Praying in the name of Jesus is more than making the right sounds or noises. It’s more than mouthing the syllables: “in Jesus’ name.” To pray in Jesus’ name is praying in a way that lines itself up with the faith given to us. That means it doesn’t seek something that goes against the will of God the Father.
In John’s Gospel, Jesus told His disciples, “I will do whatever you ask in my name.” And then Jesus told them why: “that the Father may be glorified in the Son” (John 14:13). So praying in the name of Jesus is the prayer of true faith, the faith that wants to glorify God. And so it is a prayer to God the Father through the Son, conformed by His Spirit. Yes, praying in Jesus’ name is yielding to God’s holy will. Any other prayer is not a prayer in Jesus’ name, no matter how you end it.
And we know what the will of God is, don’t we? It’s when you turn from your sins and are saved. That’s the life of repentance we Christians are called to live every day. It’s “when [God] breaks and hinders every evil plan and purpose of the devil, the world, and our sinful flesh, which would hinder us from hallowing His name and prevent the coming of His kingdom” It’s when God the Holy Spirit strengthens and keeps us firm in the faith until God brings us home to heaven. That’s God’s good and gracious will. It’s no mystery. He has shown us His will in His holy Scriptures.
The power of prayer is the power of what makes anything what it is in the Church--the Word of God! What makes baptism a baptism? The Word of God. Without the Word of God, baptism is no baptism, but boring and plain water. But with the Word of God, it is what God says it is: life-giving water and a washing of new birth in the Holy Spirit (Titus 3:5).
What makes the Lord’s Supper the Lord’s Supper? The Word of God. Without the Word of God, the Lord’s Supper is some cheap, drunkard’s wine and some strange-looking, flat-tasting bread. But with the Word of God, the Lord’s Supper is Christ’s body and blood, through which you get Jesus for the forgiveness of your sins (Matthew 26:26-28).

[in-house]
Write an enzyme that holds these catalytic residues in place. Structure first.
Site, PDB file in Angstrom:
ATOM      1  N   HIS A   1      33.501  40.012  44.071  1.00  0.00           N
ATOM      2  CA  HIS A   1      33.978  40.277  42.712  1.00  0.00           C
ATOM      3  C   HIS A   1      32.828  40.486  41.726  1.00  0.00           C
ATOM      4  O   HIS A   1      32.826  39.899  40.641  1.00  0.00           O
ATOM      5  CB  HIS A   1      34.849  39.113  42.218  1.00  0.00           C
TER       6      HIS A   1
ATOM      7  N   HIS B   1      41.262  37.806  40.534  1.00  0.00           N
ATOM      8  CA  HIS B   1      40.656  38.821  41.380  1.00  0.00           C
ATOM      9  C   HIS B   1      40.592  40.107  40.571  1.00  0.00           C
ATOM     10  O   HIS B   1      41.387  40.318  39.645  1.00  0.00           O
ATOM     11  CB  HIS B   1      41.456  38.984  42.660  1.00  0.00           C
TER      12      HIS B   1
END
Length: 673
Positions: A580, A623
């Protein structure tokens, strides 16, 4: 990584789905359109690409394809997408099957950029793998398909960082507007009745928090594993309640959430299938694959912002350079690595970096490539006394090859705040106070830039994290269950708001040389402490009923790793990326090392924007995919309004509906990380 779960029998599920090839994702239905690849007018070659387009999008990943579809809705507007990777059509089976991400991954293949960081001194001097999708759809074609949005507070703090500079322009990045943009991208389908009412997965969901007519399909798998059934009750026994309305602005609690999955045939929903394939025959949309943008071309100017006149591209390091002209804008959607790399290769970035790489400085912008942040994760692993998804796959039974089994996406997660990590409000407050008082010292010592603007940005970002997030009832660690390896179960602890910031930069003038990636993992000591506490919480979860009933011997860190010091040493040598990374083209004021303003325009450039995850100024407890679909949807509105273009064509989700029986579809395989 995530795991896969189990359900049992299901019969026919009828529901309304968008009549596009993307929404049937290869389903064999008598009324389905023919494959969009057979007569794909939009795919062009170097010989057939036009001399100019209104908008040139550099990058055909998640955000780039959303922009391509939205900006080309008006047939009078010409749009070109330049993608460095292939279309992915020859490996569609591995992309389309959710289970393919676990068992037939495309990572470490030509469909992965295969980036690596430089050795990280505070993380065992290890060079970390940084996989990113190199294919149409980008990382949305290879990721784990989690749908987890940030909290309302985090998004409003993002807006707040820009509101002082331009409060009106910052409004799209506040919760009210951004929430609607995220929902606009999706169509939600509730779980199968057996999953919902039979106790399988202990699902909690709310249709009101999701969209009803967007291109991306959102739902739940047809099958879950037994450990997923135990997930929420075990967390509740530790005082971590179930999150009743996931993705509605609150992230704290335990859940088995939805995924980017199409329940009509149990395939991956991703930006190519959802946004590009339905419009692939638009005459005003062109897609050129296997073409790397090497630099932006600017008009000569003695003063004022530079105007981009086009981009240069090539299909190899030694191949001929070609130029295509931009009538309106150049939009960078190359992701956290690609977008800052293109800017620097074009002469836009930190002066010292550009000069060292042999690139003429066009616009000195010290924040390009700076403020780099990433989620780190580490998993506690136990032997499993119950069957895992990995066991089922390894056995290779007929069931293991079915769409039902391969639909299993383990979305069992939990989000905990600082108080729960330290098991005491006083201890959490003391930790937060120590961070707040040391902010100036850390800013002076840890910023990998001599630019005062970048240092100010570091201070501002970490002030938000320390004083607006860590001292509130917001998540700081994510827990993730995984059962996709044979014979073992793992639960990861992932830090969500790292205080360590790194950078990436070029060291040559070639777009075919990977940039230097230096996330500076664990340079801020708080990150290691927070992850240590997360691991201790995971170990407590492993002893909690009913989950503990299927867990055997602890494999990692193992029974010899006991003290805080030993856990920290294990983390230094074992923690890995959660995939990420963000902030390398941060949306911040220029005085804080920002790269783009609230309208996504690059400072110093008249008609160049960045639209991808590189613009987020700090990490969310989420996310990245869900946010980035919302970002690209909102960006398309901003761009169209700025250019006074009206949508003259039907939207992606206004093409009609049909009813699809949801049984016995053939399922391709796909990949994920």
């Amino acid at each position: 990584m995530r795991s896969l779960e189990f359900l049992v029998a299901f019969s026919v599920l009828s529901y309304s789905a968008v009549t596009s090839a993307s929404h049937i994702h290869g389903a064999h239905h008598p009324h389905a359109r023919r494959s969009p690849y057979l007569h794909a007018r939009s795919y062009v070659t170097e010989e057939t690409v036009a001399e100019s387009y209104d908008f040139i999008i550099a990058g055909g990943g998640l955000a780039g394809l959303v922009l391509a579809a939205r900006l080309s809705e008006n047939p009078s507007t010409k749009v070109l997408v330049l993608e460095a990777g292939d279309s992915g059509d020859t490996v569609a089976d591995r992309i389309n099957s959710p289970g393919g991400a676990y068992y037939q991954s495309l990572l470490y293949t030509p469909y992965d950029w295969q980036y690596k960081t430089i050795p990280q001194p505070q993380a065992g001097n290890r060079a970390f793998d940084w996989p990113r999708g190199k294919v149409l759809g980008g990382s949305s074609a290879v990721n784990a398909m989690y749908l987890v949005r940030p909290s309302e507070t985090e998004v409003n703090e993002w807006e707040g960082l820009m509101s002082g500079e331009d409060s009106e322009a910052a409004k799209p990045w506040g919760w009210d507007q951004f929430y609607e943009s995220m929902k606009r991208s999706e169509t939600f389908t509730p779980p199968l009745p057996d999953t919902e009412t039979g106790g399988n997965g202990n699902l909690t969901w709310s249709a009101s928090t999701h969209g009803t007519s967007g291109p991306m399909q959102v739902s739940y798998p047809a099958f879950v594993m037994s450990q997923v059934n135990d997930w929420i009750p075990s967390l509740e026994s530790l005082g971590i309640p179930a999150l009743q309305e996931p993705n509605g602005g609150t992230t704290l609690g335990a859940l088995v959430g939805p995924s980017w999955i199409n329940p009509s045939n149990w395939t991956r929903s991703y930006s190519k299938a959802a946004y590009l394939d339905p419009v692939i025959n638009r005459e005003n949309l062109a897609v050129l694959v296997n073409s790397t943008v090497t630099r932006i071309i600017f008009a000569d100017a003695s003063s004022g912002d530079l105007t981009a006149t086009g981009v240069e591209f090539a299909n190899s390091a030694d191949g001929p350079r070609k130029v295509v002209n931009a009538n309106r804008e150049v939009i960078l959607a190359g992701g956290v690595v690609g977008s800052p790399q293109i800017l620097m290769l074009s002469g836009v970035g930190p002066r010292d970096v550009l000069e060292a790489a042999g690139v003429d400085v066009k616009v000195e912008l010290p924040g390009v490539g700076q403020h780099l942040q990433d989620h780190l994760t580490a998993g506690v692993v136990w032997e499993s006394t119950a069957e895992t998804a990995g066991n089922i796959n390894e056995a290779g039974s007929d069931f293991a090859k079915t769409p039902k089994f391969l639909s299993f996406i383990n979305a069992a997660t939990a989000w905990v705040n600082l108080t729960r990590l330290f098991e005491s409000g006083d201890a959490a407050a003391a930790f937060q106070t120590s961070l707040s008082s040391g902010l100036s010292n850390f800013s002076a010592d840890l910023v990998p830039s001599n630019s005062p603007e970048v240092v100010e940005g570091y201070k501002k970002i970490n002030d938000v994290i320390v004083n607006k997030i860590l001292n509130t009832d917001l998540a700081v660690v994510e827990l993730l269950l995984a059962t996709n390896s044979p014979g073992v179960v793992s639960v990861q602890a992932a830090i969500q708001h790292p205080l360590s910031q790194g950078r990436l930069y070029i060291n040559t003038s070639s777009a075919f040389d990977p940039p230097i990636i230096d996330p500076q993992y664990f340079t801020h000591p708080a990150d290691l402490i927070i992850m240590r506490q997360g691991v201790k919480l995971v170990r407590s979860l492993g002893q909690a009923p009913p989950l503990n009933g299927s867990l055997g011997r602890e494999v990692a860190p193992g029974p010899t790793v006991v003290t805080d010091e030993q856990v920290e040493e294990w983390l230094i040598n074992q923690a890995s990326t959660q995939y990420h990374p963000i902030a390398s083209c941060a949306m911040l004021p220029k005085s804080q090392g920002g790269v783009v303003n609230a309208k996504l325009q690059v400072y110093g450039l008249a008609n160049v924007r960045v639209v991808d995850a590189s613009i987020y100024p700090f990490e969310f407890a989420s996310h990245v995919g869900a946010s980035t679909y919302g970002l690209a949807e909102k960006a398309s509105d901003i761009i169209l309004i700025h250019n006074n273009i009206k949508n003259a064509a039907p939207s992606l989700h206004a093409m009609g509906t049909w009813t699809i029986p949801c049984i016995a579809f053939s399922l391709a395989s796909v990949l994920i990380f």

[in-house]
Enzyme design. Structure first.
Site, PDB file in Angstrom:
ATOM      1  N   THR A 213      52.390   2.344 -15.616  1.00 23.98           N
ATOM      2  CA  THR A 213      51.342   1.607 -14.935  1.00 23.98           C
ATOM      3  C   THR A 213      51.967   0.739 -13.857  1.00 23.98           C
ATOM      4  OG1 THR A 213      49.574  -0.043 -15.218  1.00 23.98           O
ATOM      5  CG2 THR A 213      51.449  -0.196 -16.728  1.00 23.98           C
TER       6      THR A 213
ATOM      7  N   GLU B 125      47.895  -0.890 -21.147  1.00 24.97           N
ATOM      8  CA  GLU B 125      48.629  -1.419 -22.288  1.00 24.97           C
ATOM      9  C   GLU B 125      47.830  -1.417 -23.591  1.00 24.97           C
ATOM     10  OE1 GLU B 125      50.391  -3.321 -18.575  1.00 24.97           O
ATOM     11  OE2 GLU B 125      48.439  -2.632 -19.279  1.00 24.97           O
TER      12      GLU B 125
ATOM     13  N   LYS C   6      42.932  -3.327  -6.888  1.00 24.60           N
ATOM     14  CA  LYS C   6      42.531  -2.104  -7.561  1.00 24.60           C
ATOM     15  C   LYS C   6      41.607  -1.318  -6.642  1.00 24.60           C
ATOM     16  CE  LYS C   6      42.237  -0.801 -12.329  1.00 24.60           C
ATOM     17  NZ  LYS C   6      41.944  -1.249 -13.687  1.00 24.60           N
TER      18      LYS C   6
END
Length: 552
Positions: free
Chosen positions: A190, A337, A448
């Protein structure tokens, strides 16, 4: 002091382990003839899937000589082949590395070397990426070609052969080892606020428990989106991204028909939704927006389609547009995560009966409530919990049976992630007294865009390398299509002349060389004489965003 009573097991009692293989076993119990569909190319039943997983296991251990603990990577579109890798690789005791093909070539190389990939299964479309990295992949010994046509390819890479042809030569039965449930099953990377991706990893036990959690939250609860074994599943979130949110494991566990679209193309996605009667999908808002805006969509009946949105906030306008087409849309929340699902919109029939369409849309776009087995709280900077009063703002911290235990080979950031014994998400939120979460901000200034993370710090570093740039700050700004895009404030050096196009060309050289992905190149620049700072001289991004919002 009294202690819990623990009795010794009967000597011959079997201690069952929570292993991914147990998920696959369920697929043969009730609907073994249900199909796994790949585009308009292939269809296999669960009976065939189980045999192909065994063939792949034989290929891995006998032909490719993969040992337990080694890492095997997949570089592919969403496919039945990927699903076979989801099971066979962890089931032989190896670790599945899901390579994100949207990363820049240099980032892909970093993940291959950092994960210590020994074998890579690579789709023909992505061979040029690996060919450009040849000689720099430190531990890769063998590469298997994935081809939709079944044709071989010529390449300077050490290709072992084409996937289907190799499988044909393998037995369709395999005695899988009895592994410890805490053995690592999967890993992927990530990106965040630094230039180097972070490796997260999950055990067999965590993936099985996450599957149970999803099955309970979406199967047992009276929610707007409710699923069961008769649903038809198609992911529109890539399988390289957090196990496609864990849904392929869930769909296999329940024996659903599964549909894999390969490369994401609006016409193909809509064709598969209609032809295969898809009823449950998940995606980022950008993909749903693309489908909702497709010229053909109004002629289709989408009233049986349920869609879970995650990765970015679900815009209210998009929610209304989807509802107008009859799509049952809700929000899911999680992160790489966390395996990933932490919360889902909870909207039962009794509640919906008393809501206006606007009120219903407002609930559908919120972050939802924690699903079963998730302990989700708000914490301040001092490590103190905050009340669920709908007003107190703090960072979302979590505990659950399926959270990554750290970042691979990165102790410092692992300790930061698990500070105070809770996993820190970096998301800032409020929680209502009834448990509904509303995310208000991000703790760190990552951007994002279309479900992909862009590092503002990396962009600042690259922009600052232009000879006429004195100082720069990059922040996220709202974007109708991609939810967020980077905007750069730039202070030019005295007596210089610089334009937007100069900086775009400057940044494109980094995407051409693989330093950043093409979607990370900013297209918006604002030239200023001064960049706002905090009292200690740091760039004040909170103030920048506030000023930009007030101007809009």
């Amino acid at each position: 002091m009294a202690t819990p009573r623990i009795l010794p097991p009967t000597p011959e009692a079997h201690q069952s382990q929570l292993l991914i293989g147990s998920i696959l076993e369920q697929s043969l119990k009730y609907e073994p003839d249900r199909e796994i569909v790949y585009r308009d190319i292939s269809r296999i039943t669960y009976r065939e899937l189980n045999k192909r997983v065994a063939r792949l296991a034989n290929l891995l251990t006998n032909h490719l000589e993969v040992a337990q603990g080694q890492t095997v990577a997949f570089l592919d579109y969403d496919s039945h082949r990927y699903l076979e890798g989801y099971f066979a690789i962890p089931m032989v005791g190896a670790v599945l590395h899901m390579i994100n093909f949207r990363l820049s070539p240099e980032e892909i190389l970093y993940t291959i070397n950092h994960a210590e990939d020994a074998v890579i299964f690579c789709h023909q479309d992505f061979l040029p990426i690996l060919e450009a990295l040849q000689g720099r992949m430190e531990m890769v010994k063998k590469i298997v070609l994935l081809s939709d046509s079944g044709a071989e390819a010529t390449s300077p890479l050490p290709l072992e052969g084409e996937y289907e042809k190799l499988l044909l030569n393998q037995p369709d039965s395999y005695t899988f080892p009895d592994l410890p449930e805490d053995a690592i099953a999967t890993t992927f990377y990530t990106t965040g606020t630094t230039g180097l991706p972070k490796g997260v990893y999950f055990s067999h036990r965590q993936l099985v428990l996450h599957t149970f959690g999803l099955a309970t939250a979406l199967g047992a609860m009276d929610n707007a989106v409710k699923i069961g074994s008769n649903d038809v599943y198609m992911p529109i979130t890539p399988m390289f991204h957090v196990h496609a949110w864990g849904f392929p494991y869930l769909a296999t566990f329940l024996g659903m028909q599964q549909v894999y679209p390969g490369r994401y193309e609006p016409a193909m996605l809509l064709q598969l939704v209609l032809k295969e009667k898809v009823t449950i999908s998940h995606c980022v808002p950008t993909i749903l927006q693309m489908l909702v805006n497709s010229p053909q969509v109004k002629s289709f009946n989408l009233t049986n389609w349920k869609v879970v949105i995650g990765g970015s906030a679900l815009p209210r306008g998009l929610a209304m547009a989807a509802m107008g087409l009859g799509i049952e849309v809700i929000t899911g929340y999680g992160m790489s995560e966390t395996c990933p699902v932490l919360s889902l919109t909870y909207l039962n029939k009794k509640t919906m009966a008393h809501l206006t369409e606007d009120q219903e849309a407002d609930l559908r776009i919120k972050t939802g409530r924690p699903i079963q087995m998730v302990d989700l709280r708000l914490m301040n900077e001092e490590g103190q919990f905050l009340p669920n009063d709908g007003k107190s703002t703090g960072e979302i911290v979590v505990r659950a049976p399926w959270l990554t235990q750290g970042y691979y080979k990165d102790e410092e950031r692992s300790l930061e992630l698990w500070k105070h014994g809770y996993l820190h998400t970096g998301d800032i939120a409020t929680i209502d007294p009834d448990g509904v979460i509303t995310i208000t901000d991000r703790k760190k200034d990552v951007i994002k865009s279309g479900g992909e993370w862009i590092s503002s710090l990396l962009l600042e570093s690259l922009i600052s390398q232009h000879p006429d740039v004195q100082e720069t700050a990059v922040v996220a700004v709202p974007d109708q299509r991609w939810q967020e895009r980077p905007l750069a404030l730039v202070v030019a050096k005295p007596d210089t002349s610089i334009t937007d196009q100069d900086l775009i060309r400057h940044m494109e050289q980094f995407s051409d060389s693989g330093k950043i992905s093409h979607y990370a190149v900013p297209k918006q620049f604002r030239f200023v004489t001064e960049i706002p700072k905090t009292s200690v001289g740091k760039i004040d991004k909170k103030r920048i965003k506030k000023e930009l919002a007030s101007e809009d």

So also it is the Word and promise of God that makes prayer a prayer. Your faith doesn’t make bread the body of Christ; His Word does. Your faith doesn’t make prayer what it is: His Word, His promise, His love and mercy do. Do you now see how the Word drives even the responses of faith, such as prayer? It is, indeed, as Jesus says, “Without Me, you can do nothing” (John 15:5).
Yet, most people mistakenly believe that prayer, like they misunderstand faith, is the heartfelt yearning for something. And so prayer becomes more about what you pray for and how badly you pray for it--than to Whom you pray.
When a prayer implodes into itself, then that prayer is not a true prayer. When a prayer implodes into itself and becomes what we want and not what God wants for us, when it becomes only about this life--of which Jesus told us not to be anxious--then that prayer is not a true prayer. Such prayer is but anxieties, worries, and complaints couched in wants and wishes. Such a prayer is but words of wanton unbelief masquerading as a pious prayer.